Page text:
Single-cell suspensions isolated from a third-generation FLC-PDX were cultured to select for cells that maintained decreased epithelial differentiation and high proliferative capacity in the absence of feeder cells. Briefly, cells were seeded atop irradiated rat fibroblast feeder cells and grown in reprogramming media, according to Liu et al.
      • Liu X.
      • Ory V.
      • Chapman S.
      • Yuan H.
      • Albanese C.
      • Kallakury B.
      • Timofeeva O.A.
      • Nealon C.
      • Dakic A.
      • Simic V.
      • Haddad B.R.
      • Rhim J.S.
      • Dritschilo A.
      • Riegel A.
      • McBride A.
      • Schlegel R.
      ROCK inhibitor and feeder cells induce the conditional reprogramming of epithelial cells.
      Reprogramming F media consisted of a 3:1 mix of Ham F12 media and Dulbecco's modified Eagle's media, supplemented with 5% fetal calf serum, insulin, epidermal growth factor, cholera toxin to elevate cAMP, and the ρ kinase inhibitor Y-27632. The resultant partially reprogrammed FLC-PDX cells can be maintained in the absence of feeder cells for several passages.
      • Liu X.
      • Ory V.
      • Chapman S.
      • Yuan H.
      • Albanese C.
      • Kallakury B.
      • Timofeeva O.A.
      • Nealon C.
      • Dakic A.
      • Simic V.
      • Haddad B.R.
      • Rhim J.S.
      • Dritschilo A.
      • Riegel A.
      • McBride A.
      • Schlegel R.
      ROCK inhibitor and feeder cells induce the conditional reprogramming of epithelial cells.

      Fluorescence-Activated Cell Sorting of FLC-PDX Cells

      Single-cell suspensions from a fifth-generation FLC-PDX were generated as described above. Cells were incubated with FcR block (Miltenyi Biotech, Bergisch Gladbach, Germany), labeled with 10 μg/mL mouse IgG (MOPC-21) or anti-CD63 (H5C6) and sorted on a BD DiVa (BD Biosciences, Franklin Lakes, NJ) selecting for phosphatidylethanolamine.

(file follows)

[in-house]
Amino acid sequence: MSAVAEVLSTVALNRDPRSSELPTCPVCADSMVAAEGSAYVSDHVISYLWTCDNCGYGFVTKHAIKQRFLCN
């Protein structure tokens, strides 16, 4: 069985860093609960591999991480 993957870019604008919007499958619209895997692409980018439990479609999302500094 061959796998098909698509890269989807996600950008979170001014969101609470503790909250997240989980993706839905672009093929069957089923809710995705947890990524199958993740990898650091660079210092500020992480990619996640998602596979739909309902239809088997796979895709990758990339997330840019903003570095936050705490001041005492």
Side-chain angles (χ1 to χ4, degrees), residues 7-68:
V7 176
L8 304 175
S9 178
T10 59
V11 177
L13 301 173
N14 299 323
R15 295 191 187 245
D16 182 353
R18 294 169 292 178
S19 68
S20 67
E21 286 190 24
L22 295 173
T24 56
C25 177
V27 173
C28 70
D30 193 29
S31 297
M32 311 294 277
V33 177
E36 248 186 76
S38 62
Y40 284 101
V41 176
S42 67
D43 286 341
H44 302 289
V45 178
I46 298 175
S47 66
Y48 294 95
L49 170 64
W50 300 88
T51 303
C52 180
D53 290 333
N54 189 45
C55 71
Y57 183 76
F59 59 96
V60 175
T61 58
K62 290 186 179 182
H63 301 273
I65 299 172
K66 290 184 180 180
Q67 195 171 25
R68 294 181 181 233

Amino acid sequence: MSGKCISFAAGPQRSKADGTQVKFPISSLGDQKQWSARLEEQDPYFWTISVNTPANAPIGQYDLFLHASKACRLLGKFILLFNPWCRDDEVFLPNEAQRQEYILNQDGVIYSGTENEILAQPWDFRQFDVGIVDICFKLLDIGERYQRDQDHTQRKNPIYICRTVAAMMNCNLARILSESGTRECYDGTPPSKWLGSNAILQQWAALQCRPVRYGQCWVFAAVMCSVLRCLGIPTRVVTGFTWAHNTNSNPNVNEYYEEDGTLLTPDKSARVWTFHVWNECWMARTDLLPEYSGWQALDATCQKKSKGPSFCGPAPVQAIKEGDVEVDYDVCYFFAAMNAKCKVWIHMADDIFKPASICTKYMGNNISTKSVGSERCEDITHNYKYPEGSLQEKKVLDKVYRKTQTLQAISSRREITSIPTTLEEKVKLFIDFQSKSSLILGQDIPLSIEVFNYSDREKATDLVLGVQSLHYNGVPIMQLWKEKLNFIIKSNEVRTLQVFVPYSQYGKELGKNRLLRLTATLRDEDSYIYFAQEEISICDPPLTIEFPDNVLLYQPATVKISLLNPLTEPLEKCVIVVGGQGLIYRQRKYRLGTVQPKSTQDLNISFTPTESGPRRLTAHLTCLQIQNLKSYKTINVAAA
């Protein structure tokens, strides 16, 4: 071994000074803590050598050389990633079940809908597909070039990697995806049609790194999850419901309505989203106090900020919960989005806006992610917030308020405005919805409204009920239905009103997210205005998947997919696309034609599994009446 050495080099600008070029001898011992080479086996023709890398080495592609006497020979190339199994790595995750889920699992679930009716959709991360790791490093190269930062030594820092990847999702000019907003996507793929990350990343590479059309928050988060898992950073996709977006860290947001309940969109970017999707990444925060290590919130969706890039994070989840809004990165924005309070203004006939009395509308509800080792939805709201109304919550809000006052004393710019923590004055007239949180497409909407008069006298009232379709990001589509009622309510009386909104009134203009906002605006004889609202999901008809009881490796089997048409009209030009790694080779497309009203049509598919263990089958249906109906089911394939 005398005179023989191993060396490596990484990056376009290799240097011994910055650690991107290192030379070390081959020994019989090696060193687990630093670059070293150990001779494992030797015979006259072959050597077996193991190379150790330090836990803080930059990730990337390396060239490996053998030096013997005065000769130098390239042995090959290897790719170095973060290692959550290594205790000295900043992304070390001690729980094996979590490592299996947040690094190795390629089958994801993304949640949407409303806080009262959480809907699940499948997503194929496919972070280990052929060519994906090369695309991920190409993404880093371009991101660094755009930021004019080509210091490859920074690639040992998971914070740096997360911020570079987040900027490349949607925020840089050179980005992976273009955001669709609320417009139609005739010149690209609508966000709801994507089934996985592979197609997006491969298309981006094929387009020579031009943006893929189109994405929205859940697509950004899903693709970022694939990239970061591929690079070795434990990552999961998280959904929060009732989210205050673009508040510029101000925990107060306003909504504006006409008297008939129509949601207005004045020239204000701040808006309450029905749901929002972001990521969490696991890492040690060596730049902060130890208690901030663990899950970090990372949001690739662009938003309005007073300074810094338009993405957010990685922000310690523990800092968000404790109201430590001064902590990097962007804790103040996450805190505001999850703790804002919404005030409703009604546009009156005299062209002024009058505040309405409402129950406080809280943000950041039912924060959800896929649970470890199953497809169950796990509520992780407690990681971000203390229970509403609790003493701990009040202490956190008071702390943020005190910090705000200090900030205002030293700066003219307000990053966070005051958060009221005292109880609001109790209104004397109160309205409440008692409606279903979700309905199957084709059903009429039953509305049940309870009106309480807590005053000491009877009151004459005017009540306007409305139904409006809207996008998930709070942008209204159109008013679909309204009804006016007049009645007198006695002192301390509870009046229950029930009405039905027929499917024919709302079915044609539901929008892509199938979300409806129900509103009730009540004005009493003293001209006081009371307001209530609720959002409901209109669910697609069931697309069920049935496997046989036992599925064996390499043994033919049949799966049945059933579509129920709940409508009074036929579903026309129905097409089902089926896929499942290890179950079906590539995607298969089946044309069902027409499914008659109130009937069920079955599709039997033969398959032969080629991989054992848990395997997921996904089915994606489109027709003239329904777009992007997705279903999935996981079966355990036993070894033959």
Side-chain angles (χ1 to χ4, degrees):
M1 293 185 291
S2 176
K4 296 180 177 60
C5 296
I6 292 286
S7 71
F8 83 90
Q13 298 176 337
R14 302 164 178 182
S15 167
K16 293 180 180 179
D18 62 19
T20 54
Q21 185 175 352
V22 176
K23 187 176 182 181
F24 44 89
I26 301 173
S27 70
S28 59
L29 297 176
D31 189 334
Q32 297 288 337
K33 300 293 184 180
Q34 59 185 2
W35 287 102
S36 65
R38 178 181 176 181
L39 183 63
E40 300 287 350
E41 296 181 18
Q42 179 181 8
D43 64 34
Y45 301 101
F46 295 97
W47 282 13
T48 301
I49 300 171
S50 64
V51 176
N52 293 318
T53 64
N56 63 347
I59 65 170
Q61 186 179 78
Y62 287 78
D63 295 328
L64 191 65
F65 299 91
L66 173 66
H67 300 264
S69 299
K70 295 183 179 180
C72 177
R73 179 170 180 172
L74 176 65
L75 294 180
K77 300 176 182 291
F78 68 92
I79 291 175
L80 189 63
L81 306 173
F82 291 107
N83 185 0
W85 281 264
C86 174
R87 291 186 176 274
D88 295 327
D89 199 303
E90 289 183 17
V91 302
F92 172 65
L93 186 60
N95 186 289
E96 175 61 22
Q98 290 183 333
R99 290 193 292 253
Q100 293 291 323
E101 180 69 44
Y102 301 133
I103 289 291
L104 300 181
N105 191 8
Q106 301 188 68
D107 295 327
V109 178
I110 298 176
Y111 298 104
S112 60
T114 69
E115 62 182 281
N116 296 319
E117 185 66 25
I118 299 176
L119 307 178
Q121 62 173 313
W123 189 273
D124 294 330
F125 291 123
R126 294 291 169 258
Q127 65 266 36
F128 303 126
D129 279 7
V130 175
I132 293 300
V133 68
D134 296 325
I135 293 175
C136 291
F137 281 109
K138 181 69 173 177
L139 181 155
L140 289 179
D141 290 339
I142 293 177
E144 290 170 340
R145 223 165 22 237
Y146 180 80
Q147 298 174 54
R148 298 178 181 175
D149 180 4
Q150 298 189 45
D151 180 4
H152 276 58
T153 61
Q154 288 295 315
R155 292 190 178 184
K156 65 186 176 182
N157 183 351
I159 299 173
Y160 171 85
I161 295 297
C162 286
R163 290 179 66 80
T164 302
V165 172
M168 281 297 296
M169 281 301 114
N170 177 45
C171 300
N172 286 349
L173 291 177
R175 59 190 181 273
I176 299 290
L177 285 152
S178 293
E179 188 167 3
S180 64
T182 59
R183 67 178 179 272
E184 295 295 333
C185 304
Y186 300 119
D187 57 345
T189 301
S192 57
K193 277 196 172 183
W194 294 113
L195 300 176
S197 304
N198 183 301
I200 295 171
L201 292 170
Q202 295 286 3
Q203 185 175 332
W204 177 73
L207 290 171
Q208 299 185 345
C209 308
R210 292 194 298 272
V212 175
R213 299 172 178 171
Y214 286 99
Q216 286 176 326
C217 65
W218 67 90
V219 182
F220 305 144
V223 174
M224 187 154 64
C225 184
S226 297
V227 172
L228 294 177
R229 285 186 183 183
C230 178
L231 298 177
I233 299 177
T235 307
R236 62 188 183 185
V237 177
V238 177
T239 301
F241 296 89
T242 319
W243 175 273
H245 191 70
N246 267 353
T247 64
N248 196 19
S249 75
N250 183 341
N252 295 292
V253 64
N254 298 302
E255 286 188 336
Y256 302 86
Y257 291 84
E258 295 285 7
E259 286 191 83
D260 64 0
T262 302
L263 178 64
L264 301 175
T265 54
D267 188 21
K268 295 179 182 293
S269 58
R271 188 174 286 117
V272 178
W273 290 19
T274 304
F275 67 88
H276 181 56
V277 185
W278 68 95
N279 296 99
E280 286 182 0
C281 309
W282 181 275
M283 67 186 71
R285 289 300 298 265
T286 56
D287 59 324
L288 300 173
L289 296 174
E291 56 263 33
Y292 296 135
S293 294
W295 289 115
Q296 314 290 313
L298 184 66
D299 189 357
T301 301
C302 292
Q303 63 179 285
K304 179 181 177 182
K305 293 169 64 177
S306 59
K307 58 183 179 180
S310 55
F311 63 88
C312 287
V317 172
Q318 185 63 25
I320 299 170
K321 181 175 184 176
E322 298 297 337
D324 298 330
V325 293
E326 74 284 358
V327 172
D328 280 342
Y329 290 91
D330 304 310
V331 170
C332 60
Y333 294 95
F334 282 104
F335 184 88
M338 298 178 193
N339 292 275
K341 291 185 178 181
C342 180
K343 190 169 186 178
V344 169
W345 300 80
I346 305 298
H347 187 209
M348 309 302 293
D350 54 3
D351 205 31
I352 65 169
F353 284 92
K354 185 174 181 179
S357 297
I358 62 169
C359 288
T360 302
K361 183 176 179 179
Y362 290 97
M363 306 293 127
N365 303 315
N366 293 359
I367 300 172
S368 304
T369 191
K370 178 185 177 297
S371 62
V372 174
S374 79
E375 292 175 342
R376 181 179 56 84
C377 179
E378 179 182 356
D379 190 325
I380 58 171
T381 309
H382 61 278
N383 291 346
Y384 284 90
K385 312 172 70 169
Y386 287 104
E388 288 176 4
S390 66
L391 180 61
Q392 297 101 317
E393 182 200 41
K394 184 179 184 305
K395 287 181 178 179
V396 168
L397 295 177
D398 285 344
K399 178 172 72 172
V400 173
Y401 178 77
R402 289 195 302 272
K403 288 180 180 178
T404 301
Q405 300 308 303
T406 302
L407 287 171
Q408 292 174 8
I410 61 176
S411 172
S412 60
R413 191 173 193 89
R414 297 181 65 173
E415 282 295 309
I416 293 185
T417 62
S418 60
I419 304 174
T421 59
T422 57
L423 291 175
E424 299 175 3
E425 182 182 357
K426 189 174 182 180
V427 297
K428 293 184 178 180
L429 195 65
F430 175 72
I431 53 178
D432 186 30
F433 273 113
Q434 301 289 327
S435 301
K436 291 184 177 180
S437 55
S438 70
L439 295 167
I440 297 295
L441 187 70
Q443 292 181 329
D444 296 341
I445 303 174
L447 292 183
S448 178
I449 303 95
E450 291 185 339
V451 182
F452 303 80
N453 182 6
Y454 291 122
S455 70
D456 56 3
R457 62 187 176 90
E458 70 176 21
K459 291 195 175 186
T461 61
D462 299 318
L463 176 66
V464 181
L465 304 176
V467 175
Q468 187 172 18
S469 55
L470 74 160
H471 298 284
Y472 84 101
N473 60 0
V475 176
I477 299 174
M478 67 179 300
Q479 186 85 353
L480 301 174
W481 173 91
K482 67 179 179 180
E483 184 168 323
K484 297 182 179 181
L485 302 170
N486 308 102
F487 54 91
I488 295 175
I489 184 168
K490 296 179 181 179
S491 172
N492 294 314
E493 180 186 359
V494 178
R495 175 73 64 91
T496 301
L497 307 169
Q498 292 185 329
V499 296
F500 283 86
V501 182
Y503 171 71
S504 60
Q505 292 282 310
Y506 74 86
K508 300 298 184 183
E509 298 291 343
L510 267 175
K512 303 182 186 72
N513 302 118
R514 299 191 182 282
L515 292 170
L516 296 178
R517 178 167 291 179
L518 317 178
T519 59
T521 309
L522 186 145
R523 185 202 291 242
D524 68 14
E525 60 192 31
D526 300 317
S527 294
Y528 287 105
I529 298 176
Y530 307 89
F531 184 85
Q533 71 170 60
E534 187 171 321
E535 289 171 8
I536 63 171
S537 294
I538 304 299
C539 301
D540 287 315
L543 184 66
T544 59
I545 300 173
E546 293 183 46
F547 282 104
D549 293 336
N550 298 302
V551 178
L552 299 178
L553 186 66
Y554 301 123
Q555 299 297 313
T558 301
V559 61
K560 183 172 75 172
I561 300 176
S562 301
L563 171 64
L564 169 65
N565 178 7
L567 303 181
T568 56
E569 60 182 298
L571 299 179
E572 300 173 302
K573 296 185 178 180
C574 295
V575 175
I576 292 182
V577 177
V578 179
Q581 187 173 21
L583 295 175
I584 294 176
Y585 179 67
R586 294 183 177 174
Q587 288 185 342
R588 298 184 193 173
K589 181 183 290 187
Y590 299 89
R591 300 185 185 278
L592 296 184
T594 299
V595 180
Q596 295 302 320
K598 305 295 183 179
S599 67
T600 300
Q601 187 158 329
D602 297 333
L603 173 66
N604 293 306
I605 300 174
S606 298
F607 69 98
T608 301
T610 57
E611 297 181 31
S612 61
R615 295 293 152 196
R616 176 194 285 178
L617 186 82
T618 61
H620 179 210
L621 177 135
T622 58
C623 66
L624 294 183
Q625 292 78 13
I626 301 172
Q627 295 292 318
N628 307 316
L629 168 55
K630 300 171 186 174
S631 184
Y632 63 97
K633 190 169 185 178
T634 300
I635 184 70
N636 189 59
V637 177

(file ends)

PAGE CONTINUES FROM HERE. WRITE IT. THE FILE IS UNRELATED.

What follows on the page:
Results

      FLC-PDX Model Faithfully Recapitulates Typical Human FLC

      The FLC-PDX model of Oikawa et al
      • Oikawa T.
      • Wauthier E.
      • Dinh T.A.
      • Selitsky S.R.
      • Reyna-Neyra A.
      • Carpino G.
      • Levine R.
      • Cardinale V.
      • Klimstra D.
      • Gaudio E.
      • Alvaro D.
      • Carrasco N.
      • Sethupathy P.
      • Reid L.M.
      Model of fibrolamellar hepatocellular carcinomas reveals striking enrichment in cancer stem cells.
      was established in our laboratory by passaging samples of the human tumor that Oikawa et al
      • Oikawa T.
      • Wauthier E.
      • Dinh T.A.
      • Selitsky S.R.
      • Reyna-Neyra A.
      • Carpino G.
      • Levine R.
      • Cardinale V.
      • Klimstra D.
      • Gaudio E.
      • Alvaro D.
      • Carrasco N.
      • Sethupathy P.
      • Reid L.M.
      Model of fibrolamellar hepatocellular carcinomas reveals striking enrichment in cancer stem cells.
      had used into new severe combined immunodeficiency–beige recipient mice (Figure 1A). The newly generated FLC-PDXs retained the histology expected for FLC, with large nucleoli-dense epithelial-like cells and small stromal-like cells within bands of fibrous matrix. Tumors stained positively for the FLC markers HepPar-1, cytokeratin 7 (KRT7), and CD68 (Figure 1B) and expressed the characteristic gene fusion of DNAJB1 to PRKACA (Figure 1A). Therefore, this FLC-PDX model faithfully recapitulates the FLC-PDX model of Oikawa et al
      • Oikawa T.
      • Wauthier E.
      • Dinh T.A.
      • Selitsky S.R.
      • Reyna-Neyra A.
      • Carpino G.
      • Levine R.
      • Cardinale V.
      • Klimstra D.
      • Gaudio E.
      • Alvaro D.
      • Carrasco N.
      • Sethupathy P.
      • Reid L.M.
      Model of fibrolamellar hepatocellular carcinomas reveals striking enrichment in cancer stem cells.
      from which it was derived, as well as typical human FLC, particularly with regard to the abundant stromal element.
      Figure thumbnail gr1